Fetal neurosonography and infant's neurobehavioral tests in assisted reproductive technologies following fresh and frozen embryo transfer

A prospective cohort study explored and compared fetal neurosonography and infant neurobehavioral tests in spontaneously conceived (SC) and in vitro fertilization (IVF) offspring.

210 singleton pregnancies including 70 SC pregnancies, 70 conceived by IVF following frozen embryo transfer (ET) and 70 after fresh ET were included for the study. Cortical development and corpus callosum length were assessed using fetal neurosonography at 32±2 weeks, whose measurements were normalized by biparietal or occipitofrontal diameters. Further, Ages & Stages Questionnaires (ASQ) was acquired postnatally, at 12±1 months of corrected age. Comparisons were adjusted for maternal age, ethnicity, nulliparity, offspring′s gender, weight centile, age at evaluation, and for the ASQ, breastfeeding, and maternal study level and employment status.

The following observations were made-

  • Contrasting SC fetuses, the IVF populations demonstrated differences in cortical development with reduced parieto-occipital (fresh ET mean 12.5 mm vs frozen ET13.4 vs SC 13.4), cingulate (fresh ET 5.8 vs frozen ET 6.0 vs SC 6.4) and calcarine (freshET 13.3 vs frozen ET 14.1 vs SC 16.1)sulci depth along with more subordinate Sylvian fissure grading.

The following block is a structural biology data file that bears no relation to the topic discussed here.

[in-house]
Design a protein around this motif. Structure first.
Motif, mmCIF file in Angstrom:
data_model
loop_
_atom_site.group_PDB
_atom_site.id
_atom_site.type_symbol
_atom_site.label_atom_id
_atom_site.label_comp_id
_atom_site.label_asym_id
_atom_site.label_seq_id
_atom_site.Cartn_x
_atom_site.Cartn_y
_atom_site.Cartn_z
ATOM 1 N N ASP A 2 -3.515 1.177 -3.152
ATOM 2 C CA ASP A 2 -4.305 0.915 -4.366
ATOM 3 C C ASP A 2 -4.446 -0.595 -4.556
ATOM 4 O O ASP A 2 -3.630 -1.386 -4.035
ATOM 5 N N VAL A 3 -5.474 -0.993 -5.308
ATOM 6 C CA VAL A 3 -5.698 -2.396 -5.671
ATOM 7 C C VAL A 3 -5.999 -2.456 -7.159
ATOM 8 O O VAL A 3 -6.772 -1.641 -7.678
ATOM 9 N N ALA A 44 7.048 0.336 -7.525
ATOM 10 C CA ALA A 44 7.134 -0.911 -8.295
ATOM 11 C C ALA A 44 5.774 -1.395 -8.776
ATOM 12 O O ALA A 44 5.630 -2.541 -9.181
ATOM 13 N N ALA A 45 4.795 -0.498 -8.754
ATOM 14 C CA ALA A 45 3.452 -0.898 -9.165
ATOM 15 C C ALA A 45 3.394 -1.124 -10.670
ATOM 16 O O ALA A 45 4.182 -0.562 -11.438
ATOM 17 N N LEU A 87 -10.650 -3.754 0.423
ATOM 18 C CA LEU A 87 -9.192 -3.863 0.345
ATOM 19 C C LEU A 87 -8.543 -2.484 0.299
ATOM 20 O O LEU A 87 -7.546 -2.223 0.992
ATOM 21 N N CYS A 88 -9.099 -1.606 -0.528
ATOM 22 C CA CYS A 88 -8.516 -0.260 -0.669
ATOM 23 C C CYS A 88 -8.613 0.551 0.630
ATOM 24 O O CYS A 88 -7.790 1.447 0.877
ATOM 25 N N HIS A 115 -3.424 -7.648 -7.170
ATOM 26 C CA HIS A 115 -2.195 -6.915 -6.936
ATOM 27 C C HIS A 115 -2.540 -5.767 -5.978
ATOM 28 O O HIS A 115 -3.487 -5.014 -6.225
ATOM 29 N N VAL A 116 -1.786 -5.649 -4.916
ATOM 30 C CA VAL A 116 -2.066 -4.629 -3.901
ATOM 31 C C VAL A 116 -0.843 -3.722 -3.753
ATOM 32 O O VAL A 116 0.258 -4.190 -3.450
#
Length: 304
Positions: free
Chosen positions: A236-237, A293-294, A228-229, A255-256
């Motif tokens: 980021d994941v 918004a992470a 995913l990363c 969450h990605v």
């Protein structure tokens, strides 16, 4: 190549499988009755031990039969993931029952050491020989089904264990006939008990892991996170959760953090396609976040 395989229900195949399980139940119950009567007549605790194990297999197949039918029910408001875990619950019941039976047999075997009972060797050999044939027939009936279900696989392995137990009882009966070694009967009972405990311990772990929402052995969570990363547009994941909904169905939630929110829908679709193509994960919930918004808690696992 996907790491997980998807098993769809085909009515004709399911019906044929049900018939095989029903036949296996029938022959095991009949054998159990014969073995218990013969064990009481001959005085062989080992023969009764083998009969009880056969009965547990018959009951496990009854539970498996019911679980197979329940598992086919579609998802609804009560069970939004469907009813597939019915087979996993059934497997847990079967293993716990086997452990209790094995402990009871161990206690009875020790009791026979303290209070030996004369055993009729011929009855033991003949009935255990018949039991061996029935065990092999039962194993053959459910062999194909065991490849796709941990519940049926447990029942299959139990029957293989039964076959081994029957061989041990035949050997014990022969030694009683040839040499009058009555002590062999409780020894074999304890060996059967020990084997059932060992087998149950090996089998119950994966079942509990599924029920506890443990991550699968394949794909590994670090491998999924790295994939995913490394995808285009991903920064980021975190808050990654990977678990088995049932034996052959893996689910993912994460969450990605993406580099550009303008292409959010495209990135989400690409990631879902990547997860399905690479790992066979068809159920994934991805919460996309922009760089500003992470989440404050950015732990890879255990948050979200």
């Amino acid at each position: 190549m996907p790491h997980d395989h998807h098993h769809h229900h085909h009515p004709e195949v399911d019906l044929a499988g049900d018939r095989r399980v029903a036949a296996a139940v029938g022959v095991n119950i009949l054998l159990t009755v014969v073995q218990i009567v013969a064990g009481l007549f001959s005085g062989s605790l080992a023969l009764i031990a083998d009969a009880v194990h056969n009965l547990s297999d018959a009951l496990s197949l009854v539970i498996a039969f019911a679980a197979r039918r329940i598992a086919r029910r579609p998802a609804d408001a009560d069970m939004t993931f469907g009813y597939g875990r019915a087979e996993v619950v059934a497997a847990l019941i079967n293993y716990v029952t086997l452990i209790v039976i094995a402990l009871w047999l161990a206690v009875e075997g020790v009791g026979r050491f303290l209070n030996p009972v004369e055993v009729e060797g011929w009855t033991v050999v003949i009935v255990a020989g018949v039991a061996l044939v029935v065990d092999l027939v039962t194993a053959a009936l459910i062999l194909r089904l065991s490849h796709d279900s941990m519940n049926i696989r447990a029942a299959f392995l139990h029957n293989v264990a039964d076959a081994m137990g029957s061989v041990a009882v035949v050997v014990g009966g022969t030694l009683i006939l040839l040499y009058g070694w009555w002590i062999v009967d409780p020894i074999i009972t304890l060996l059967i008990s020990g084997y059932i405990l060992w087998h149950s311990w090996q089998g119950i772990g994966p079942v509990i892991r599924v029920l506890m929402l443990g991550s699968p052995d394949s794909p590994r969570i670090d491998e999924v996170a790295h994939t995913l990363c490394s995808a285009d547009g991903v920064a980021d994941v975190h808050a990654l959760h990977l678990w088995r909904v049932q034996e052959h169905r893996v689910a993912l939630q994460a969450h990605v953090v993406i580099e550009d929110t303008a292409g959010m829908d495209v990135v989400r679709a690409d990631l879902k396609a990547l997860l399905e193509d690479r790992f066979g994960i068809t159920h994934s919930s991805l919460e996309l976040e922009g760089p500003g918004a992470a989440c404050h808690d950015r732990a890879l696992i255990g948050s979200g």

• Cortical changes were more prominent in the fresh ET group than the frozen ET. 
  • Corpus callosum length was found to be markedly lower in the frozen ET (fresh ET 40.1 mm vs frozen ET 39.8 vs SC40.2). 
  • Lower ASQ scores were observed in the IVF infants, especially in the fresh ET group (global ASQ z-scores: fresh ET -0.3 vs frozen ET -0.2 vs SC 0).

Thus it was inferred that Fetuses and infants conceived by IVF, particularly fresh ET, exhibit a different pattern of cortical development with shorter corpus callosum associated with suboptimal infant neurodevelopment. These findings suggest in utero brain reorganization and necessitate follow-up studies to assess their long-term persistence.

Source- Ultrasound in Obstetrics & Gynecology 2021;58(1): 1 – 57.

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